"These low carbohydrate diets are too restrictive," Rakoczy added. "It feels miserable! There is just no net benefit. It overlooks the real problem: refined carbs and sugar. They cause the problems."

According to Davis, indulgences in moderation are a part of a healthy lifestyle. When asked about her own favorite guilty pleasures, she laughed.

"Hands down, dark chocolate!" she said. "But it's antioxidants! I buy myself really nice fair-trade dark chocolates because you've got to have treats."

With Homemade Cooking, Rakoczy is putting her dream into action: helping others to adopt a truly sustainable lifestyle. "We want to start a social cooking movement to influence everyone's lives, from this area, throughout America and beyond," she said.

What: Homemade Cooking Classes

Where:

• Menlo Park: Arrillaga Family Recreation Center, 700 Alma St.

• Palo Alto: 3145 Porter Drive

• Stanford: Lokey Stem Cell Research Building, 265 Campus Drive

• Stanford: Green Earth Sciences Building, 367 Panama St.

• Stanford: Freidenrich Center for Translational Research, 800 Welch Road

When: Winter courses begin Oct. 26. Space is limited to 12-15 people per class, depending on location.

Cost: $400 for five weeks, $650 for 10 weeks, $1,950 for one year. Palo Alto Weekly readers will receive a $100 discount off of the price of winter courses when mentioning this story.

Info: Go to homemade-cooking.com, email member@homemade-cooking.com or call 650-399-0505.

Chrissi Angeles is an editorial intern at Palo Alto Weekly.

Comments

2 people like this
Posted by Mindful
a resident of Another Palo Alto neighborhood
on Oct 13, 2015 at 1:35 pm

This is wonderful! I would just say, though, the advice above works if people are having problems from eating a poor diet. Sometimes people will see benefits from eating gluten free or whatever, simply because their diets were already so poor and they'll benefit even more from this. However, sometimes diets have a specific purpose. Sometimes food can be good medicine and the prescription is not the same for all circumstances. I found doing away with meat had significant and documentable health benefits. Keeping on the lower fat end of the spectrum has also done me better than pharmaceuticals at addressing cholesterol problems, atherosclerosis, etc. It's alao far more sustainable to eat mostly plants. I do eat seafood so I'm not a purist. My spouse seems to have no such problems from eating meat. We do know others including family members who get quite sick from eating glutinous grains. People are different, and I think it's also healthy when people try different things in order to understand what their body needs and reacts to.This is wonderful! I would just say, though, the advice above works if people are having problems from eating a poor diet. Sometimes people will see benefits from eating gluten free or whatever, simply because their diets were already so poor and they'll benefit even more from this. However, sometimes diets have a specific purpose. Sometimes food can be good medicine and the prescription is not the same for all circumstances. I found doing away with meat had significant and documentable health benefits. Keeping on the lower fat end of the spectrum has also done me better than pharmaceuticals at addressing cholesterol problems, atherosclerosis, etc. It's alao far more sustainable to eat mostly plants. I do eat seafood so I'm not a purist. My spouse seems to have no such problems from eating meat. We do know others including family members who get quite sick from eating glutinous grains. People are different, with different medical histories, and I think it's also healthy when people try different things in order to understand what their body needs and reacts to.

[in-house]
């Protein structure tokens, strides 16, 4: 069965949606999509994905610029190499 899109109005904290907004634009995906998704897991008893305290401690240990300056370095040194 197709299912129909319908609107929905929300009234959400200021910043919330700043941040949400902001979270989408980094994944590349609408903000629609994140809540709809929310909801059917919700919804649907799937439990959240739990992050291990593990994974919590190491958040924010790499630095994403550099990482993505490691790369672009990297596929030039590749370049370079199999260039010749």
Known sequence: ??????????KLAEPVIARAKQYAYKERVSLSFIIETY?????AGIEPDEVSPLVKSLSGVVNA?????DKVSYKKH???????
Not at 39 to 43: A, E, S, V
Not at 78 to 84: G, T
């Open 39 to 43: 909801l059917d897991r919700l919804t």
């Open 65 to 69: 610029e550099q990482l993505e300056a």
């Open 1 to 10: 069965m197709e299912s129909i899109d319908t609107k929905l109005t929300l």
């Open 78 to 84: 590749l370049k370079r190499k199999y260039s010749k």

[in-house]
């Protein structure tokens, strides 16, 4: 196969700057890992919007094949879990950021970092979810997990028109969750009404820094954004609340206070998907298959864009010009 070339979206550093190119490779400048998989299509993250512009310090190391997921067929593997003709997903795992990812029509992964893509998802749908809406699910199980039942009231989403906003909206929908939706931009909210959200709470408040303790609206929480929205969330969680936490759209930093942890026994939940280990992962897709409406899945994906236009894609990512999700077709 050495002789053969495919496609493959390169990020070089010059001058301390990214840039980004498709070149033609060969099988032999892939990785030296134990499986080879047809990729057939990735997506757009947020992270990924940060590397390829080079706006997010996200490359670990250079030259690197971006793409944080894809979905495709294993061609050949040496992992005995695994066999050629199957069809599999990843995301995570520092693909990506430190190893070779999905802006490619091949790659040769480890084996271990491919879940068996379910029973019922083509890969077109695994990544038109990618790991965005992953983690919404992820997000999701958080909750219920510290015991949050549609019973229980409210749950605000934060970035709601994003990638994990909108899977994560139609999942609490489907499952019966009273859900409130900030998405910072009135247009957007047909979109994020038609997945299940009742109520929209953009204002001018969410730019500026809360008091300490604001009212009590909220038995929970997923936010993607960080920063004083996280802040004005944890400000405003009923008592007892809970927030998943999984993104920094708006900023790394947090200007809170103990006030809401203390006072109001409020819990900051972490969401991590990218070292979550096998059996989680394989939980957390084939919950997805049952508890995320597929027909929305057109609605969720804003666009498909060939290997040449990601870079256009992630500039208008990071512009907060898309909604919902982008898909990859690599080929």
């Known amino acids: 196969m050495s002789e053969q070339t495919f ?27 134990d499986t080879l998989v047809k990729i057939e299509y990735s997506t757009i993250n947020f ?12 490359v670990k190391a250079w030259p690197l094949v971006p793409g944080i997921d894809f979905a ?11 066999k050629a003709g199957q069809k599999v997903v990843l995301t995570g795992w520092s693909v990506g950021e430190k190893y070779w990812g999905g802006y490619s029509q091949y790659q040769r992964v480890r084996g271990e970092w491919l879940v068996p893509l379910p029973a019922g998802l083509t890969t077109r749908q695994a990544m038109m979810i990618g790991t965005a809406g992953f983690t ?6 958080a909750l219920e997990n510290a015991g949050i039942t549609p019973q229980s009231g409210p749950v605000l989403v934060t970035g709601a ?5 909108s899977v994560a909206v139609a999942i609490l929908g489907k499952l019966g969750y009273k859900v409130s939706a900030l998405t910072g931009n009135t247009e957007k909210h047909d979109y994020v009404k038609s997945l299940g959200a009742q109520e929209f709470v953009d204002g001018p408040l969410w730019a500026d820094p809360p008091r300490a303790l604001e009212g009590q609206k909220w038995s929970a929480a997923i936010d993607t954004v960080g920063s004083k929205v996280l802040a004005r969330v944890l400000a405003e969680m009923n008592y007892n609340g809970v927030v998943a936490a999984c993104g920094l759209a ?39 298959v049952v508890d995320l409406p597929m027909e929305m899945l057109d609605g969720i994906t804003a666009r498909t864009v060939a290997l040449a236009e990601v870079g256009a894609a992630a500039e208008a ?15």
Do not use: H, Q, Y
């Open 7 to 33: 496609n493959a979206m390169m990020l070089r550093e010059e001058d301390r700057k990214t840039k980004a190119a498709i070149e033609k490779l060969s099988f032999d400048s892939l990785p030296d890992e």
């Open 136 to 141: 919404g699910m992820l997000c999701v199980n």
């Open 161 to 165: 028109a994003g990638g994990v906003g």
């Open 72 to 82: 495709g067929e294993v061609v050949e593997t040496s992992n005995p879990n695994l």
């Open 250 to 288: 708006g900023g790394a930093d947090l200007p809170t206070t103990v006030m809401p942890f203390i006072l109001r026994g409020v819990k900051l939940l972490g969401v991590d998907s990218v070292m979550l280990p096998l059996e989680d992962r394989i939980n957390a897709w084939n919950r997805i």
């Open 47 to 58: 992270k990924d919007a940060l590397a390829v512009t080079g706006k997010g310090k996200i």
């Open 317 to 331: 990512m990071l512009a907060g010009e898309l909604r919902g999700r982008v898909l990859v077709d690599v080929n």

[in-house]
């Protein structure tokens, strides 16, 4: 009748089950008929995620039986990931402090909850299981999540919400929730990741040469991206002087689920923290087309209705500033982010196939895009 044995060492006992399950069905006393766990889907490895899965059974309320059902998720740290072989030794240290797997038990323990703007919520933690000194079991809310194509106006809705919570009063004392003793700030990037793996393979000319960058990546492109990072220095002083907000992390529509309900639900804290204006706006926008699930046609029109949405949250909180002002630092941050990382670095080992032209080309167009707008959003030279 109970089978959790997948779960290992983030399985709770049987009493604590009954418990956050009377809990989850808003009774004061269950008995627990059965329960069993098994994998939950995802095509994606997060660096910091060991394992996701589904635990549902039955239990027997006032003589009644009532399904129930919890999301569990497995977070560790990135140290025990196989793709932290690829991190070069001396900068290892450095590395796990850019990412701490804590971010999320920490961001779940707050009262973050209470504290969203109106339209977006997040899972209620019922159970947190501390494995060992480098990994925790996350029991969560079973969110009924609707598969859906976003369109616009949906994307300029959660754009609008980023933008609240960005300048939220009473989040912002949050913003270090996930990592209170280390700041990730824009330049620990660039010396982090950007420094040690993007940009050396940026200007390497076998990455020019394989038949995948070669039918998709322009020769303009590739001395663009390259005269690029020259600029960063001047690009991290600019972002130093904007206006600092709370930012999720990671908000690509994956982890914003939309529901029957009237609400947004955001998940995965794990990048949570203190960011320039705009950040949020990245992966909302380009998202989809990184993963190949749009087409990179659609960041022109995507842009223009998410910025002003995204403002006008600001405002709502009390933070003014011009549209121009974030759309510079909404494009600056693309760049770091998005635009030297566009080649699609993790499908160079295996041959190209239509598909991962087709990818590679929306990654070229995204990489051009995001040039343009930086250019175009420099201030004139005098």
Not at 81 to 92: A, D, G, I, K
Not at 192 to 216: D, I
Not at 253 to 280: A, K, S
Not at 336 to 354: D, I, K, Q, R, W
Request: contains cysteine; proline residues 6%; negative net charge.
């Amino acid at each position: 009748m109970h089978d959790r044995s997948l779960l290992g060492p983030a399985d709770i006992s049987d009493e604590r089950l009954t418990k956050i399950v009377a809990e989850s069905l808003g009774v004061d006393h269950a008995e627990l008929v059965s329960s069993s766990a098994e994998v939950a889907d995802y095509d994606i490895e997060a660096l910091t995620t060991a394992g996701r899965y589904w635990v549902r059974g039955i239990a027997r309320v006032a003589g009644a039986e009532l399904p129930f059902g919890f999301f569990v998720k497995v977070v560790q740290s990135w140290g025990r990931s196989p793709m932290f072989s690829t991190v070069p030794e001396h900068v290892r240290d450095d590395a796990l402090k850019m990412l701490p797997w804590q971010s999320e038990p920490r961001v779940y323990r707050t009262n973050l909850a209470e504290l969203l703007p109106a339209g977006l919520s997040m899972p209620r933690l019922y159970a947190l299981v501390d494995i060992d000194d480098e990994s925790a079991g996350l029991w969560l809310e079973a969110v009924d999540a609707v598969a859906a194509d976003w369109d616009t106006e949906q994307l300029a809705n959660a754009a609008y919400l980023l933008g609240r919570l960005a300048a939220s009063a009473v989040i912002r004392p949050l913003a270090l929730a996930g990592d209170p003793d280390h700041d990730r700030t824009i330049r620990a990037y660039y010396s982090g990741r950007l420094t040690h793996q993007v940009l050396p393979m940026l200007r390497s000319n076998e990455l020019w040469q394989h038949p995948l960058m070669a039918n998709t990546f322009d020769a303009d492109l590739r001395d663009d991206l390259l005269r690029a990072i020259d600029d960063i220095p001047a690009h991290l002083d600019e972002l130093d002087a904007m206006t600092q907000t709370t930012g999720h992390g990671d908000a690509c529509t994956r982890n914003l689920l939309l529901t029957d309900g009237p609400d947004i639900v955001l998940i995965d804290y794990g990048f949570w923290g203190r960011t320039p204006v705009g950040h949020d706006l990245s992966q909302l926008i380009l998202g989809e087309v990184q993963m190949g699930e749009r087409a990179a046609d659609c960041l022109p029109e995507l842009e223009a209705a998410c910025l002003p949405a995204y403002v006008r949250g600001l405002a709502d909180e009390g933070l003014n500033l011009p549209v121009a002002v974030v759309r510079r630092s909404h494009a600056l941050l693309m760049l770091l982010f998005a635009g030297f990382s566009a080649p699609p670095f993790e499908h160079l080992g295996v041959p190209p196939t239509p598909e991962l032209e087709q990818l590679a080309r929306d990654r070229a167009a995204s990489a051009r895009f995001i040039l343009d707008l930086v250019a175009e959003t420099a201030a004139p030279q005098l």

So I'm not comfortable with the criticism of people's diets even though I agree with the general advice here. I do disagree about eating meat, though. I became a vegetarian (er, pescatarian) because of health reasons that have borne out over the years. I have found that even small amounts of meat, including poultry, just are not worth the health impacts, for me. Again, not everyone is the same. So telling people that vegetarian diets or whatever just arent necessary and this way of eating is always best for everyone - sorry, It's just not true. It is, however extremely helpful for people to have the knowledge of how to cook like this.